Yugoslavia was at that time united under Tito’s conception of a so called «third way socialism», which sought a non-aligned move from the East-West divide, and his motto of «brotherhood and unity» kept at bay the conflict which erupted after his death. Archival footage shows youth heartily digging on a construction site – the symbolic initiatives that invested such labour with a shared sense of history transcending ethnic divides. The suggestion being that the propagandistic slogans around these efforts of reconstructing Yugoslavia were embraced uncritically with an optimism for the future – a slant on the past that the fate of the hotel itself undercuts, while dissenting voices against Tito’s communist system are kept peripheral.
As the hotel changed hands over time and was privatised, Hotel Jugoslavija mirrored the tumultuous fortunes of a country hammered by sectarianism, a return of war, and embargoes. Notorious career criminal Željko Ražnatović, commonly referred to as ‘Arkan’, was running a casino on the premises by the time it was hit during the 1999 NATO bombardment. We are presented with a Belgrade news station’s footage that shows the confusion and damage.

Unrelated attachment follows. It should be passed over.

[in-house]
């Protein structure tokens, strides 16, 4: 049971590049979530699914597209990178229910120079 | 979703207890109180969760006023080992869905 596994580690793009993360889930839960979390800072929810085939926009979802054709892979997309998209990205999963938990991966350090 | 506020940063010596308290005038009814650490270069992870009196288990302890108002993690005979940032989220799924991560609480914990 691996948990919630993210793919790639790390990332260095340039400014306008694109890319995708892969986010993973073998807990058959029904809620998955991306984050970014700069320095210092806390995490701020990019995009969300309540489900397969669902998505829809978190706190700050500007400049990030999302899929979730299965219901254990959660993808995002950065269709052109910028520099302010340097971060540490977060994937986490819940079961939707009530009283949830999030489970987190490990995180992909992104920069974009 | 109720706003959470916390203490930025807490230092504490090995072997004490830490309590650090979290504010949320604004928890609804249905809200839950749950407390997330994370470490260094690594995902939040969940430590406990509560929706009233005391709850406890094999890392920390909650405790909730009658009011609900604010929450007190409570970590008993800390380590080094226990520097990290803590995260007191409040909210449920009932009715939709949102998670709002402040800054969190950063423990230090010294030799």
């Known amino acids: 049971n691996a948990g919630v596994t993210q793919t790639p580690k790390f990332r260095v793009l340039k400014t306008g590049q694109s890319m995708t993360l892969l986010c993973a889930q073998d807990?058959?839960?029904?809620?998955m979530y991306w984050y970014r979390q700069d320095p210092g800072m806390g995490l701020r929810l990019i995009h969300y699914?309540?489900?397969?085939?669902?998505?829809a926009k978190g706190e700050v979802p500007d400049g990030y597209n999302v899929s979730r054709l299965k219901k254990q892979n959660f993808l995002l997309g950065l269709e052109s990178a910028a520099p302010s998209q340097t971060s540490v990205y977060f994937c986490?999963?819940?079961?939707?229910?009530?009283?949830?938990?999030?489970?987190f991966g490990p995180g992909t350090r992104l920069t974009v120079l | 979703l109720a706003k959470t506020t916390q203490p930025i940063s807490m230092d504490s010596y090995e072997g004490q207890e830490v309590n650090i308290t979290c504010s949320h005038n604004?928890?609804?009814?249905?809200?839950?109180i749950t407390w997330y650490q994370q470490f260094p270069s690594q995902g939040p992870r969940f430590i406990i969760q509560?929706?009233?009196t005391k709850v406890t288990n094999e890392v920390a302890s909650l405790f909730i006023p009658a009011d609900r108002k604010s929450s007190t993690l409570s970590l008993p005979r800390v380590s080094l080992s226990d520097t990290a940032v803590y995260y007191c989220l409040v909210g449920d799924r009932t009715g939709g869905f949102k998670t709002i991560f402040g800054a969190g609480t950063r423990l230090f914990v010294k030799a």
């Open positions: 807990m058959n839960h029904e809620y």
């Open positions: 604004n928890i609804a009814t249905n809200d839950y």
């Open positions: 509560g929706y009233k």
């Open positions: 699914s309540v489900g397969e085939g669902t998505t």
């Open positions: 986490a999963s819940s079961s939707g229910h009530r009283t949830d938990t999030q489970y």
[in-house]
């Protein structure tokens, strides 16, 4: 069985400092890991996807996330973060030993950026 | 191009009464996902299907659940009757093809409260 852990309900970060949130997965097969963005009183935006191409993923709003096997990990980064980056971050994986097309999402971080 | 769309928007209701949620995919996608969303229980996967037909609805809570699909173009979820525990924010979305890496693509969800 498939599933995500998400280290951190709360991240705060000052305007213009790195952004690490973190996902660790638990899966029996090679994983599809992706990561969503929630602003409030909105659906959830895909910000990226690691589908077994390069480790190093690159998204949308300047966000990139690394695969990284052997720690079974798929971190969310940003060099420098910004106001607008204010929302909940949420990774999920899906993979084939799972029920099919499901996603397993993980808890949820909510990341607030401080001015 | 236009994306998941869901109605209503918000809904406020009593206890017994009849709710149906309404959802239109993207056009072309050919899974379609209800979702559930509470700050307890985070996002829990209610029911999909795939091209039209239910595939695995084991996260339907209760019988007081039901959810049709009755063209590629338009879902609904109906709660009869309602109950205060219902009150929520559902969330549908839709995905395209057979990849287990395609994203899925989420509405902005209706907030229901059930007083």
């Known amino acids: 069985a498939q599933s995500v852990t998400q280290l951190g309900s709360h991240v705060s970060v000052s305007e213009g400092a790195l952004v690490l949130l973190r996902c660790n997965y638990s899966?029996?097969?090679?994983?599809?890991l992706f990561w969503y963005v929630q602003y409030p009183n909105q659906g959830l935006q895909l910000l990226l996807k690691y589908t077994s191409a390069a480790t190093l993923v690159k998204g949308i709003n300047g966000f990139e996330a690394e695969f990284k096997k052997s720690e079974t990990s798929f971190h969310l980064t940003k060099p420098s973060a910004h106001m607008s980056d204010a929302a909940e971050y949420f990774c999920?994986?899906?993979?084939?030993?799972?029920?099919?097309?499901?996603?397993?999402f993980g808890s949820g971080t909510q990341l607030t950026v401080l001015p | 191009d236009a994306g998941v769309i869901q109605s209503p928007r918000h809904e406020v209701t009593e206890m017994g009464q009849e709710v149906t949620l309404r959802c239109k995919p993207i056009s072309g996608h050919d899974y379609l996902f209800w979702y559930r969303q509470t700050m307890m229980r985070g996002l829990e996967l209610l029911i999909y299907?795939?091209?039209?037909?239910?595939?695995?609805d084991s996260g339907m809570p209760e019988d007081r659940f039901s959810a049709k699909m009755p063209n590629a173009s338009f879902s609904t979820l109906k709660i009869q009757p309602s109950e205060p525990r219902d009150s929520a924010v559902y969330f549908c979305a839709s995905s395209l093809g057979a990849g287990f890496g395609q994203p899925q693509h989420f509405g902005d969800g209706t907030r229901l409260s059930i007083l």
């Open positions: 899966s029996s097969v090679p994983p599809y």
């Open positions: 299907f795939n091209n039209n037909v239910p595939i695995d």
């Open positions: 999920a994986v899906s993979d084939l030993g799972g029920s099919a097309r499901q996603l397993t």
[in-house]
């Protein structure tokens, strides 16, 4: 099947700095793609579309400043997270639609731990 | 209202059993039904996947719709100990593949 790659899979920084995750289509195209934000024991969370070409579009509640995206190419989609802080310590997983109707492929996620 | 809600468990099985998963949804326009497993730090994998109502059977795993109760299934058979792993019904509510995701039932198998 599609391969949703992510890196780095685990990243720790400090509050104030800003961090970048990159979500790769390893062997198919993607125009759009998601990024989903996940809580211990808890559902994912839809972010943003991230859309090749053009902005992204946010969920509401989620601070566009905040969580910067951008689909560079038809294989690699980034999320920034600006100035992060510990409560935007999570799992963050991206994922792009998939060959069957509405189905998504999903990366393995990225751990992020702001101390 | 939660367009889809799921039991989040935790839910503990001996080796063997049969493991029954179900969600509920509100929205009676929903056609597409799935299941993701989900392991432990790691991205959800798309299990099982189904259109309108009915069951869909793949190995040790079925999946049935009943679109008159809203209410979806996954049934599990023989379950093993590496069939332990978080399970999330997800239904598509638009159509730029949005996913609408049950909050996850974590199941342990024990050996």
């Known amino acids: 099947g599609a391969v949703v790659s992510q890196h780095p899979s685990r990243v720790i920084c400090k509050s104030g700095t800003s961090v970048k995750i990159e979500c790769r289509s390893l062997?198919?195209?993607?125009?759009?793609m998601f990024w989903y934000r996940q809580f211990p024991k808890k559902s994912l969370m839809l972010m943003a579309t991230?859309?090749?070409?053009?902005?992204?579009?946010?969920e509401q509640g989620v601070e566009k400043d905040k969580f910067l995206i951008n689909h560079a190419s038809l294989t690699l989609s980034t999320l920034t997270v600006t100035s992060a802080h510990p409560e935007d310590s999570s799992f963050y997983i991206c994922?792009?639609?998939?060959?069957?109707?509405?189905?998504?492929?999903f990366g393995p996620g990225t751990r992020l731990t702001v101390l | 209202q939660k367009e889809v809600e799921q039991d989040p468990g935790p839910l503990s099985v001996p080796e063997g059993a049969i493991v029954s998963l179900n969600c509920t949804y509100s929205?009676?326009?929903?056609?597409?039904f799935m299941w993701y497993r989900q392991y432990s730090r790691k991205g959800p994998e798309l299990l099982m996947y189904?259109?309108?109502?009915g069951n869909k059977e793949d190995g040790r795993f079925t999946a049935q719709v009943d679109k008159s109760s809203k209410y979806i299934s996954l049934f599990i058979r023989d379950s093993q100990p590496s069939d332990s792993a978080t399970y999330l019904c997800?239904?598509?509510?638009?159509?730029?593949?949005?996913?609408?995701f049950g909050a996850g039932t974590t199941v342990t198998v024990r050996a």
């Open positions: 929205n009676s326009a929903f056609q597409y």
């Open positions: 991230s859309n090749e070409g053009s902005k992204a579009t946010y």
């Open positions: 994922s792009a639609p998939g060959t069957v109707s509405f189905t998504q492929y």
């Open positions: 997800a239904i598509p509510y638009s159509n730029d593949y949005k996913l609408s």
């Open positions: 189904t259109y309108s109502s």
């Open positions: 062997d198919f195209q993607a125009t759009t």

The team of Luc Besson’s French-American crime world thriller 3 Days to Kill (2014), recently used the iconic hotel as a location to add exotic mystique to a shoot-out between the CIA and an arms trafficking gang, showing the windows across its facade blown out as a bomb is detonated. Wagnières has chosen to include a clip of the action scene in his documentary to illustrate how Serbia came to be stereotyped as an enclave of Balkan lawlessness.
Finally, we see the hotel complex today, re-opened with tacky neon accents, a slick iPhone store and an American-style diner with waitresses on roller-skates – portraying an erasure of the past, not by bombs, but by the drive of global capitalism to transform everything into its own commercial image.